Even though two members of the Bank of England’s Monetary Policy Committee voted for an interest rate rise, it still seems unlikely that interest rates will hit ‘normal’ levels for many years to come. That means that savers are set to experience low returns on their cash balances, which can prove to be a highly frustrating scenario. Fortunately, other options are available. Here are three stocks that could help to make up for low savings rates through growing dividend yields.
Inflation is out of control, and people are running scared. But right now there’s one thing we believe Investors should avoid doing at all costs… and that’s doing nothing. That’s why we’ve put together a special report that uncovers 3 of our top UK and US share ideas to try and best hedge against inflation… and better still, we’re giving it away completely FREE today!
Although shares in SSE (LSE: SSE) come with a dollop of political risk, since the Labour party are keen to shakeup the domestic energy supply industry should they win the election, SSE could still prove to be a top notch income play. That’s because shares in the company currently yield a highly impressive 5.9% and, best of all, the company is committed to increasing dividends per share at a rate that equals the inflation rate.
Certainly, SSE’s share price may not be quite as steady as you’d expect for a utility over the next year or two (especially if Labour win the election), but the market appears to be anticipating this via a valuation that is marked down somewhat. Indeed, SSE trades on a price to earnings (P/E) ratio of just 12.2 (versus 13.7 for the FTSE 100), which means that shares in the company seem to offer good value as well as strong income potential.
‘Reliable’ seems to be an appropriate word to describe Imperial Tobacco (LSE: IMT) when it comes to dividend payments. In fact, the company has increased dividend per share payments in each of the last five years and is forecast to increase them in the current year, as well as next year. The reason for this high level of consistency is simply a hugely dependable earnings profile, with Imperial Tobacco having the luxury of being able to increase the prices of its products in order to increase its bottom line. In turn, strong cash flow and a mature status allow it to pass on much of the growth to shareholders in the form of dividend growth. With shares in the company trading on a yield of 4.9%, they could prove to be a top income play.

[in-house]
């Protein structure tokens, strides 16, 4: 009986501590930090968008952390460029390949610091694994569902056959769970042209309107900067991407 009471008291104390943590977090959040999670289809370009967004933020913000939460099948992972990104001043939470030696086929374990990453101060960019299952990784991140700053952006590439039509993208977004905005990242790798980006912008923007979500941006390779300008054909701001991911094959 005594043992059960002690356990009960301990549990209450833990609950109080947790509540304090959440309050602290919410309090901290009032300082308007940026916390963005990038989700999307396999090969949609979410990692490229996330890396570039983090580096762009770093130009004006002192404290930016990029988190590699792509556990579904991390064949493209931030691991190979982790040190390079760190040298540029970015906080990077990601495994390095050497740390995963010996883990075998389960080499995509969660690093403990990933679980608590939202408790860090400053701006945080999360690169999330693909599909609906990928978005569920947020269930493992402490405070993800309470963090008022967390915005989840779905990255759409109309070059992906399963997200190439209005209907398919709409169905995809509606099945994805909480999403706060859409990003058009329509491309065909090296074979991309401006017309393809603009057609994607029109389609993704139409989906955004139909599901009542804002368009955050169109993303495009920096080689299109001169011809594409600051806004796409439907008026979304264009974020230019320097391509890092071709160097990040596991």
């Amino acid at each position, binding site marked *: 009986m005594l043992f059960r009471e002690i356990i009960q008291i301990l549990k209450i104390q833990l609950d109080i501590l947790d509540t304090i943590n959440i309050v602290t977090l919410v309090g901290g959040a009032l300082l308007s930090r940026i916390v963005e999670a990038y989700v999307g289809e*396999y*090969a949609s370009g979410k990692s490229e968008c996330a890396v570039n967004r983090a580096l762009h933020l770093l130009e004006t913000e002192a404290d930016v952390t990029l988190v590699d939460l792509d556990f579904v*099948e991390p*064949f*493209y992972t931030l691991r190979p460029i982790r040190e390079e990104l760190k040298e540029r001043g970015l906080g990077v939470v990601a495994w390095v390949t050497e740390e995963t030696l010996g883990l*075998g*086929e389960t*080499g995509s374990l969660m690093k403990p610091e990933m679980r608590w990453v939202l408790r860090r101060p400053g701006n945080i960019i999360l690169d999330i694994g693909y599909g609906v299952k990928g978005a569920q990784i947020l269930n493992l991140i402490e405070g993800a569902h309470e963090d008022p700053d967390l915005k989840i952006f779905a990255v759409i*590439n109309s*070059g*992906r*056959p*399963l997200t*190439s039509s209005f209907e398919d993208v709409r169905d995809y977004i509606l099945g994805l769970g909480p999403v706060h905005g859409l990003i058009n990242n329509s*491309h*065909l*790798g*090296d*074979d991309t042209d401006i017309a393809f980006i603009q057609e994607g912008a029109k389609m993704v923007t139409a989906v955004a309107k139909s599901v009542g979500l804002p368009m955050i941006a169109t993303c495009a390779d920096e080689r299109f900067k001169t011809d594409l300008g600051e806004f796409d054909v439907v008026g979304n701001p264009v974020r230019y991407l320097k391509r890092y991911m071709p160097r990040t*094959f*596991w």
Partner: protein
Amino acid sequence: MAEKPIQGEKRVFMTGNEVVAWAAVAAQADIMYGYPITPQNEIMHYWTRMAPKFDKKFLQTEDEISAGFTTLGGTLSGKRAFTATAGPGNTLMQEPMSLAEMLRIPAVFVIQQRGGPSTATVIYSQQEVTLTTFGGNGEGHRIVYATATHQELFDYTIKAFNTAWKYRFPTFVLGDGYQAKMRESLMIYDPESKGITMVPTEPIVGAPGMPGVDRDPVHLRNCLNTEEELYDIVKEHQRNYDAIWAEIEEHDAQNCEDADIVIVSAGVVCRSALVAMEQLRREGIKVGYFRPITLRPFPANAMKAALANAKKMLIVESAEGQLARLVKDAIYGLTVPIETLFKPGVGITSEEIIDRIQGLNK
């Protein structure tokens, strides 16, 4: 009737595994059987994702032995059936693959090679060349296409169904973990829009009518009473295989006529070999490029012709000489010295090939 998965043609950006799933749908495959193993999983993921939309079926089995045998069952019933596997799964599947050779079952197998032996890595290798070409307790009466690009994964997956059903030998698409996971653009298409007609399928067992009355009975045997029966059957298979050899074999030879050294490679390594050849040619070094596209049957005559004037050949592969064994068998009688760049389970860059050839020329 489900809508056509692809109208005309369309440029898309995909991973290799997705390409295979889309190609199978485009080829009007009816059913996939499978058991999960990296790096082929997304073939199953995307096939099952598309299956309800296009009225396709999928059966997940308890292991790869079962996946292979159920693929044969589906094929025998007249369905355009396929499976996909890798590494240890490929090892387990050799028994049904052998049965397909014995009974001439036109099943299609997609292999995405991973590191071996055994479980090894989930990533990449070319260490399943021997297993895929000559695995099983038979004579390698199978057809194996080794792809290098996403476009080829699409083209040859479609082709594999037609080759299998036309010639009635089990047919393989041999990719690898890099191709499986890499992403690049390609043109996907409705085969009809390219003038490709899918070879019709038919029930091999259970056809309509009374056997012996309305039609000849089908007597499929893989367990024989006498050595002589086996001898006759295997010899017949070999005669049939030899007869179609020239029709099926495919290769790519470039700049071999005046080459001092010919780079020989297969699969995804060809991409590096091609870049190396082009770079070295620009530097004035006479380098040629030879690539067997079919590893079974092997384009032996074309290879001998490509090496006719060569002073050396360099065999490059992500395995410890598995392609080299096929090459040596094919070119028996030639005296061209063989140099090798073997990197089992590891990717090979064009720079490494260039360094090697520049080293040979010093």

Lloyds (LSE: LLOY) is the odd one out of the three. That’s because it yields just 1.7% at the moment. However, Lloyds has huge potential when it comes to dividends, since the bank is aiming to pay out up to 65% of profit to shareholders as a dividend in 2016. This is extremely generous and, based on next year’s forecasts alone, Lloyds is expected to yield as much as 4.2% (assuming the share price stays where it is). Looking further ahead, profit growth is set to be strong, and much of this growth could be passed on to shareholders. Indeed, strong bottom line potential and the planned increase in the dividend payout ratio could, in time, make Lloyds one of the most attractive dividend plays in the FTSE 100.